Q: What makes the alternating week model the clear favorite of the members of the C19 Team? 
A: The C19 Team evaluated multiple models against health and safety, instructional/learning benefit, equity, mental health, operations, impact on parents/staff, and other metrics. Some of the reasons we prefer the alternating week model are as follows:
  • The model allows MPCSD to most effectively implement the yet-unpublished San Mateo County Pandemic Recovery Framework. The Framework, of which the team had an advance draft copy, and to which the public will soon have access, is based on “Four Pillars.” They are: Health and Hygiene; Face Coverings; Physical Distancing; and Limited Gatherings. Additionally, the Framework calls for students to be served in “stable cohorts,” with the number of students defined by the ability to appropriately socially distance within the available square footage. The alternating week model can well accommodate this requirement. 
  • The model allows MPCSD to bring students back to school for a meaningful amount of in-person instruction. For MPCSD to adhere to the County’s Framework, especially with regards to Physical Distancing, there is no feasible way to have all enrolled students on our campuses at one time (yes, even if we conducted classes outside). Due to the large enrollment, facility size, and staffing limitations, we simply aren’t able to provide daily in-person instruction to each student and follow the Four Pillars. 
  • In our estimation, the model is the safest choice for MPCSD. No model eliminates risk; bringing students and staff back to campus is inherently more risky than continuing 100% with Distance Learning. However, we must weigh the risk of reopening with the risk of continuing to have our students isolated at home, away from their friends, receiving instruction with limited coaching and support. Thus, if we are going to take on increased risk, we want to mitigate those risks to the best of our ability. The alternating week model will allow us to clean more thoroughly between groups, more easily trace contacts should someone within a group test positive for COVID-19, and more effectively contain the virus from spreading within and among groups sharing the same space.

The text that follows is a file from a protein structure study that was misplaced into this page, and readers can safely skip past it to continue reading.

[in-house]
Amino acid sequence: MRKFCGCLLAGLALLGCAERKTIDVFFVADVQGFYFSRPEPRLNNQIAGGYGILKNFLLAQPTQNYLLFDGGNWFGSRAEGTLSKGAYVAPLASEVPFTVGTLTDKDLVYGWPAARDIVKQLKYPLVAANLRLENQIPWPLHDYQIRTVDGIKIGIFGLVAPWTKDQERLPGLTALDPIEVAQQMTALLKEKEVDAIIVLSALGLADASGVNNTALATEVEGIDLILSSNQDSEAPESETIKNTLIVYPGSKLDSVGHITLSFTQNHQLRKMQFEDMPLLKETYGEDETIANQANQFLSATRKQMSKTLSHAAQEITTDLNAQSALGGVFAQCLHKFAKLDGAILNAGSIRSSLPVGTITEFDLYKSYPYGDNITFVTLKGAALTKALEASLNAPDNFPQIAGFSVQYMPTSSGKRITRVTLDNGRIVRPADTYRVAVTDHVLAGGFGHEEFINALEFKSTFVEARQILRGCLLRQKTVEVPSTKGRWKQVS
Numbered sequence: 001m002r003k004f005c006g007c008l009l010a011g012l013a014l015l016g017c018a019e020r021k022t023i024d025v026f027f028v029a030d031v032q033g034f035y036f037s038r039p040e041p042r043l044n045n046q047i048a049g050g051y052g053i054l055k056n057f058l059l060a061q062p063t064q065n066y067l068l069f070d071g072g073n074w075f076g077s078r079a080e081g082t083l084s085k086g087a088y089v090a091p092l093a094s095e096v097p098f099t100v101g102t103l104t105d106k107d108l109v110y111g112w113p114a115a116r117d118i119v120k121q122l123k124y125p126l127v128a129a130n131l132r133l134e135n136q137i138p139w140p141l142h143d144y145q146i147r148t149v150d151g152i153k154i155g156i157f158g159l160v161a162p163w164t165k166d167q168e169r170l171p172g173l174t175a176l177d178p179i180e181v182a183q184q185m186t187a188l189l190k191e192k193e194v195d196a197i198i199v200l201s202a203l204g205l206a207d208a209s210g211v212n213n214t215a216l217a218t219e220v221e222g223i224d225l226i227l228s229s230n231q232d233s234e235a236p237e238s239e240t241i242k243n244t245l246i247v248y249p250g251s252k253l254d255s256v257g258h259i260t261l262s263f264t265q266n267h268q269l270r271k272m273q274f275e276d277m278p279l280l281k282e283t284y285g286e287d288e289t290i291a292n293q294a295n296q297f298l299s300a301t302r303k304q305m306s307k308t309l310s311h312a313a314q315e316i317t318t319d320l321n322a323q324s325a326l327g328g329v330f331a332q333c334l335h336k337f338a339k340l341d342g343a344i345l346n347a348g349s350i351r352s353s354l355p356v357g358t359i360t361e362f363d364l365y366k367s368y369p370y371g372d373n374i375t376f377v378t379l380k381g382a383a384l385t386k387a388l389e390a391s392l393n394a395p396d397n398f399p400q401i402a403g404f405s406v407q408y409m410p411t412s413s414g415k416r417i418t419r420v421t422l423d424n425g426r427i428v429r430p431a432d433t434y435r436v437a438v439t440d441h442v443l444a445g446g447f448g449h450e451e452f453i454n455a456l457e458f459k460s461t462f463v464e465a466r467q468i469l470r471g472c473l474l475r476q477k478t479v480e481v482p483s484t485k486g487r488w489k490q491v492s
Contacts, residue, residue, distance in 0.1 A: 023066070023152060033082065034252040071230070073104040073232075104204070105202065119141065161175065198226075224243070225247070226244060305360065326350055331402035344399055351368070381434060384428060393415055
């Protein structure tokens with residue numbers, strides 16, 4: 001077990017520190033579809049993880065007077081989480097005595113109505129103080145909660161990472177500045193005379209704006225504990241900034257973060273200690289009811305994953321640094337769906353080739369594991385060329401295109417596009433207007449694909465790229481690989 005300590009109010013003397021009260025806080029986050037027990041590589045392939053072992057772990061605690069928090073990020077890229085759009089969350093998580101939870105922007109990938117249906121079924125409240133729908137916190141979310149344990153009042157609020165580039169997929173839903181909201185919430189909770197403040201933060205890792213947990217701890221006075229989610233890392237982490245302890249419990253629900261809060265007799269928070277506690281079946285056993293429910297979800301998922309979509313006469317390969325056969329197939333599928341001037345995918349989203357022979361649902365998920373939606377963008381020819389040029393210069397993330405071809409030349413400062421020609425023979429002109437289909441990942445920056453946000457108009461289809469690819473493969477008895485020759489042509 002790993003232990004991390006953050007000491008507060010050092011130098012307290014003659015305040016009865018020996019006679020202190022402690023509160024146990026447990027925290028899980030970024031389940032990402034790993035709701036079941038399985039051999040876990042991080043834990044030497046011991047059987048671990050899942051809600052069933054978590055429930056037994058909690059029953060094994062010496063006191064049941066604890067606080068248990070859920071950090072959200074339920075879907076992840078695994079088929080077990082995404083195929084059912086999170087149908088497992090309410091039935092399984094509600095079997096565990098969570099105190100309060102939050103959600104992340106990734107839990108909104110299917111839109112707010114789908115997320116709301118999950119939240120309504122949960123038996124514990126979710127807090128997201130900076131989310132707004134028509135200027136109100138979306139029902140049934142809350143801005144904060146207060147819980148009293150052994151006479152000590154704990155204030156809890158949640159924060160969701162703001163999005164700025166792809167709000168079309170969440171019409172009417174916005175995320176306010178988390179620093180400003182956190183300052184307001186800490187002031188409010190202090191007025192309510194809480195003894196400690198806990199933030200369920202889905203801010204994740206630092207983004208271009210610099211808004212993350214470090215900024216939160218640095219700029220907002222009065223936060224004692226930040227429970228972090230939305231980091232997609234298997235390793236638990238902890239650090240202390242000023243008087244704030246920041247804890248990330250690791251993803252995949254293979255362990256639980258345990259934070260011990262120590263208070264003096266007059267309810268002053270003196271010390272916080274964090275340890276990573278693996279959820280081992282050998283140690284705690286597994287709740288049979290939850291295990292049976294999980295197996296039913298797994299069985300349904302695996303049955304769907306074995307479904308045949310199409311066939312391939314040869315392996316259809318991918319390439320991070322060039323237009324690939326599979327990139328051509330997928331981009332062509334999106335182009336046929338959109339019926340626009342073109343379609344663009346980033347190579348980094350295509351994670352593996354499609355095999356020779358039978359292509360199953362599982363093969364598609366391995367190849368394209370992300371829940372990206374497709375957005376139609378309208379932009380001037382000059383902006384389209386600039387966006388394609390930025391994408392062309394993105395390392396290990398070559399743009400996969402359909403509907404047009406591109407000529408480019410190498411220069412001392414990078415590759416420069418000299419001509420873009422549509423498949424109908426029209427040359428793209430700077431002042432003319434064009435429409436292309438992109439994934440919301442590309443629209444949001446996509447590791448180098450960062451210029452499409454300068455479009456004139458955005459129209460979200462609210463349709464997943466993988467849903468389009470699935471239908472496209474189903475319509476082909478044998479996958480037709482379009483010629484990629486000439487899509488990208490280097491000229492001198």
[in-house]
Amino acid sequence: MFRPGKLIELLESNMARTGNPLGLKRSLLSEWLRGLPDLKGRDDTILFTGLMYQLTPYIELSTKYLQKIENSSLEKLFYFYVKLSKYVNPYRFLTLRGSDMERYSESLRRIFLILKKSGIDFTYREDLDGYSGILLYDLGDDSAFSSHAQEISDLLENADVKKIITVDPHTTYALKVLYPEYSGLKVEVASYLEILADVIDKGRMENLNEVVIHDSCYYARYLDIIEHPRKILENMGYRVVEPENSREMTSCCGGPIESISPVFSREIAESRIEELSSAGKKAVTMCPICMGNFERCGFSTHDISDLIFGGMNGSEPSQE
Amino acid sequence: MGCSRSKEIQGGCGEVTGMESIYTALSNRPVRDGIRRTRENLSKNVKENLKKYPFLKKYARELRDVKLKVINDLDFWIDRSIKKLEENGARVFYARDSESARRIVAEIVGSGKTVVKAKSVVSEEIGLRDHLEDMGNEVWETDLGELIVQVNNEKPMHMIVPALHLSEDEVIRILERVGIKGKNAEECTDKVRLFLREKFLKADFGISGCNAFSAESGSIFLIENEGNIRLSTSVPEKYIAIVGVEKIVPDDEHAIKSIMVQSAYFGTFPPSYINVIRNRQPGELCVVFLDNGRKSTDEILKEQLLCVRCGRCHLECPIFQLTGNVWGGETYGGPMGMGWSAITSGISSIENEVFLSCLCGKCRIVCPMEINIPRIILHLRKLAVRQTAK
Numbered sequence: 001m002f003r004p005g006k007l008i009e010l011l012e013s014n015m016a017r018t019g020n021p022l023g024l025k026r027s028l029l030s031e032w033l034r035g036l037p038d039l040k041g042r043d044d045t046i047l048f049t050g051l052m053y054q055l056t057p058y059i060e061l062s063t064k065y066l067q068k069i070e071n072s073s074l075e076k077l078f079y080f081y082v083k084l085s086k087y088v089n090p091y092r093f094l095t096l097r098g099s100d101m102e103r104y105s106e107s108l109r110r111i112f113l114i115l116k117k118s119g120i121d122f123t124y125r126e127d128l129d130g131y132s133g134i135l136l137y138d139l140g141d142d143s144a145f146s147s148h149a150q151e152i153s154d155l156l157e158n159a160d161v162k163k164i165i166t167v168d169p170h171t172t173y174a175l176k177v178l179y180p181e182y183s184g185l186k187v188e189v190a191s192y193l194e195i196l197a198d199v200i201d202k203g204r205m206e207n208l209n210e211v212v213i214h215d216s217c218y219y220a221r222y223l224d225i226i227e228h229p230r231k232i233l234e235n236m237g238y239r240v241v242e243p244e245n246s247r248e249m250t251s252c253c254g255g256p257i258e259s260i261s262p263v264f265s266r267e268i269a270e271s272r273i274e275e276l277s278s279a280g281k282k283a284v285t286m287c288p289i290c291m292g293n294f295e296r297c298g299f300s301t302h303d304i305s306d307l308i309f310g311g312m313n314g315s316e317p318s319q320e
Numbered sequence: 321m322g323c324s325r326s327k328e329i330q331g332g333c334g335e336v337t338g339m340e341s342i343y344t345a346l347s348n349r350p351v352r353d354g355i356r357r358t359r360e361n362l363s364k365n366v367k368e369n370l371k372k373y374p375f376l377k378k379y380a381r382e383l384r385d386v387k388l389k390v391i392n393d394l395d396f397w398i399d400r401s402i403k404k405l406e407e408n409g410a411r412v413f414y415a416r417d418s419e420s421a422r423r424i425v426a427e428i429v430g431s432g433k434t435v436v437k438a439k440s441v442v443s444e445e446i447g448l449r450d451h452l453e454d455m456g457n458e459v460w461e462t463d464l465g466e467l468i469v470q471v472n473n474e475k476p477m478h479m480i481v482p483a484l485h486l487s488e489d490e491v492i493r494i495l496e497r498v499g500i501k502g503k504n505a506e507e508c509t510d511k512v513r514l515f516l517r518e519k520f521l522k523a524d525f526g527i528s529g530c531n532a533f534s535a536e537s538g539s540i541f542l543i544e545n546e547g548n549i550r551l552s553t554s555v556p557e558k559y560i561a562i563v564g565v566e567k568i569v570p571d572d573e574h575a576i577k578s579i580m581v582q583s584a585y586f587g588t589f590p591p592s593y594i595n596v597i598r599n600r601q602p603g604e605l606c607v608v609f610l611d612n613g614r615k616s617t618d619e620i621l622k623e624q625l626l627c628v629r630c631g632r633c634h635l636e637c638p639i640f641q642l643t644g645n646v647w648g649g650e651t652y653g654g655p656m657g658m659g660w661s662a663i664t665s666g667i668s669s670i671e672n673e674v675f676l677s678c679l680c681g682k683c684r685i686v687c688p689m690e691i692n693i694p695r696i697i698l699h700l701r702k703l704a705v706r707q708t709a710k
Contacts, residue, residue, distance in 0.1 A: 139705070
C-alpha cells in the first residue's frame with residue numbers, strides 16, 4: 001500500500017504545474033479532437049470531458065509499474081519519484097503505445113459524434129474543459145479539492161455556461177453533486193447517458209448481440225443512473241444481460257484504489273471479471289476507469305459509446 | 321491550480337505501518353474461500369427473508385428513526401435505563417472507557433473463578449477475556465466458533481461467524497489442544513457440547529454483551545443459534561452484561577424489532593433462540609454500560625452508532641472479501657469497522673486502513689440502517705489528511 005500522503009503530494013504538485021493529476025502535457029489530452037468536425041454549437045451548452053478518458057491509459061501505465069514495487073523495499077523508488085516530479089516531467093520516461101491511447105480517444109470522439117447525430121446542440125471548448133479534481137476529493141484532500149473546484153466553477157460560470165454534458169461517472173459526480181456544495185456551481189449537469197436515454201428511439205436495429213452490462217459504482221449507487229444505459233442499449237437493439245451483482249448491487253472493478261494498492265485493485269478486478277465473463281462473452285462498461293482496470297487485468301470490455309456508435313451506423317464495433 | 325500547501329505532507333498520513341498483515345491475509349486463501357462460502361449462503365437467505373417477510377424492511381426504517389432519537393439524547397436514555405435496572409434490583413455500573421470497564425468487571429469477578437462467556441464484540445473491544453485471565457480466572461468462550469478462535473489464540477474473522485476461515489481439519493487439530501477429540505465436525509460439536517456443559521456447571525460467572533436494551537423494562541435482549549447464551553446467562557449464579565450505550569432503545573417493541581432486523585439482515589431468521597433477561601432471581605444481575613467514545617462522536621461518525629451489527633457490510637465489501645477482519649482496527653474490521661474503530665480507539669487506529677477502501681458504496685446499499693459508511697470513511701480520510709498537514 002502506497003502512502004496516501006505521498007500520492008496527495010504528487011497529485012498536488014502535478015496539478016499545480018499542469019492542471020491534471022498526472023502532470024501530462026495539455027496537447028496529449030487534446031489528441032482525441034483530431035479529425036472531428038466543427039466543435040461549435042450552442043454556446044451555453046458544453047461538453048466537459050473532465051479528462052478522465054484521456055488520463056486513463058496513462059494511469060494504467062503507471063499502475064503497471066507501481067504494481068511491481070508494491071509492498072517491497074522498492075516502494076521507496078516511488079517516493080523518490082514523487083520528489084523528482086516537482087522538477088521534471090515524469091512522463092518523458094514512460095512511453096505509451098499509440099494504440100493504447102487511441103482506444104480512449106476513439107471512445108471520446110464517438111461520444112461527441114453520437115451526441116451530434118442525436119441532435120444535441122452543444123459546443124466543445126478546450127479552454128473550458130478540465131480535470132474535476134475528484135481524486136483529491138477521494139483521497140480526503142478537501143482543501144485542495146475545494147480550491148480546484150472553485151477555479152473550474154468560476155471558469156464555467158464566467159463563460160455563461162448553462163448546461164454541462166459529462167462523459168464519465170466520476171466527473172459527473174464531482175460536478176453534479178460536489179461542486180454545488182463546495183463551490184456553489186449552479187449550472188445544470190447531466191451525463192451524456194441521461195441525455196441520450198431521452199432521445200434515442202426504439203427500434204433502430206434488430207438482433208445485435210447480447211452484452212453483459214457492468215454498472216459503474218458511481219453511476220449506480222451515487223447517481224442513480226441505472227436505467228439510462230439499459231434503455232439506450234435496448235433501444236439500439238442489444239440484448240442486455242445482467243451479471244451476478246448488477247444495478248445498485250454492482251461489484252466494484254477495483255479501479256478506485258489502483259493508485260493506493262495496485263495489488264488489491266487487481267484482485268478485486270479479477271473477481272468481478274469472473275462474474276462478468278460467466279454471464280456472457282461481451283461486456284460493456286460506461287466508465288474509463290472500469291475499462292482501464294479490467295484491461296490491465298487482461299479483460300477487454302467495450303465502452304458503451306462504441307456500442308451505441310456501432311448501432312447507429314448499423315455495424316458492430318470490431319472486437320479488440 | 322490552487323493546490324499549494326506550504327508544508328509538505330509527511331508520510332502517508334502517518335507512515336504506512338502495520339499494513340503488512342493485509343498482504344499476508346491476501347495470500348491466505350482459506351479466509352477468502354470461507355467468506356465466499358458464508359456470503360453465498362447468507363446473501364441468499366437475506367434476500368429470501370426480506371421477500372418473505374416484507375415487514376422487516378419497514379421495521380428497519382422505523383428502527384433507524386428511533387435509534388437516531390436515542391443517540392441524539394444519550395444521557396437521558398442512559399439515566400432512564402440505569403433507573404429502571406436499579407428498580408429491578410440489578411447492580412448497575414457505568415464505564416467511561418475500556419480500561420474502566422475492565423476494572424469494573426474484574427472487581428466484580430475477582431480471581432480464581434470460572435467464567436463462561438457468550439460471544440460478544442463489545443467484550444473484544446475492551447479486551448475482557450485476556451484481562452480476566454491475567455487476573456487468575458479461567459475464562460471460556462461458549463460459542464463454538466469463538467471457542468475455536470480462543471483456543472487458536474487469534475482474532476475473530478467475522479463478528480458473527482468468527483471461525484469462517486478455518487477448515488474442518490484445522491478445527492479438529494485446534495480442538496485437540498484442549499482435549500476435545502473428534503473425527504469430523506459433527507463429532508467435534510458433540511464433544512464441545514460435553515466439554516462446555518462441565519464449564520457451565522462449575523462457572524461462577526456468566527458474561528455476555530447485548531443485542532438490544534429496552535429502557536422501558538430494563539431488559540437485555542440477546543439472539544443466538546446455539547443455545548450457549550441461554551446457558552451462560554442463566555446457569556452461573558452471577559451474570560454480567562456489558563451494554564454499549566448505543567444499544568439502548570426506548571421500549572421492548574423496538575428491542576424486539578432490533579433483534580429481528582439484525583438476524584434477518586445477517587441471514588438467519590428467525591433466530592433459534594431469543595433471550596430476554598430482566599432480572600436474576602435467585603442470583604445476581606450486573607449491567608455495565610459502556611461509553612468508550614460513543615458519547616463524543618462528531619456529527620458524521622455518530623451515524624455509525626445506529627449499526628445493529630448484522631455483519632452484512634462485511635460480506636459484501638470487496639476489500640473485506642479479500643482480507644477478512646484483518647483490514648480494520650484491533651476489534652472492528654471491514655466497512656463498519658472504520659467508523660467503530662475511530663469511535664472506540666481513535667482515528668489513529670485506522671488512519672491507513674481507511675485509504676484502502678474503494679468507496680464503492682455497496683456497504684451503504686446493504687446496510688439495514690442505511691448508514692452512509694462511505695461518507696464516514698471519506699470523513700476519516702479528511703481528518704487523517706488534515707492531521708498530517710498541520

• The model is closely related to an idea that the C19 Team felt has real merit. On May 11, 2020, an opinion piece ran in the New York Times, written by three prominent scholars in systems biology and economics, promoting a way to reopen work, schools, and other institutions by instituting what they referred to as the 10:4 strategy: ten days at home on lockdown and four days at work or in school. While this model is impossible for us to achieve with 100% fidelity, some elements of the model are reflected in our alternating week approach in the hopes that we can exploit the latent period of the virus - the three-day delay on average between the time a person is infected and the time she or he can infect others. 
  • The model provides academic benefit. The continuity of a week of school allows every teacher and student to have a necessary and solid block of time to introduce a unit or new concept, practice, and provide feedback. Teachers can plan cohesive learning arcs for each week, reinforced by at-home practice, specialist (art, music, etc.) programming, and small group video support provided by classroom aides and paraprofessionals on off-weeks. 
  • The model provides social-emotional and mental health benefits. Teachers and staff are better able to develop relationships and build community in a solid week, whereas other models felt disjointed for both mental health and home routines. 
  • The model will enable MPCSD to increase or decrease the amount of time for students on campus should future health orders change. An analogy you will hear MPCSD staff refer to over the course of this pandemic is the idea of “the dial” vs. “the switch.” Our responses will need to roll with the health conditions in the county like a dial, rather than turn on and off in a binary manner like a switch. The alternating-week model allows us the greatest flexibility and the least amount of disruption. To this end, it is certainly possible that despite all this planning, come August the health conditions require us to change course all together. 
  • The model is simple and straightforward. At a time when there is so much chaos and uncertainty, having the steady cadence of the alternating-week model will hopefully offer some much needed calm in the middle of the storm. It is easy to explain and easy to implement.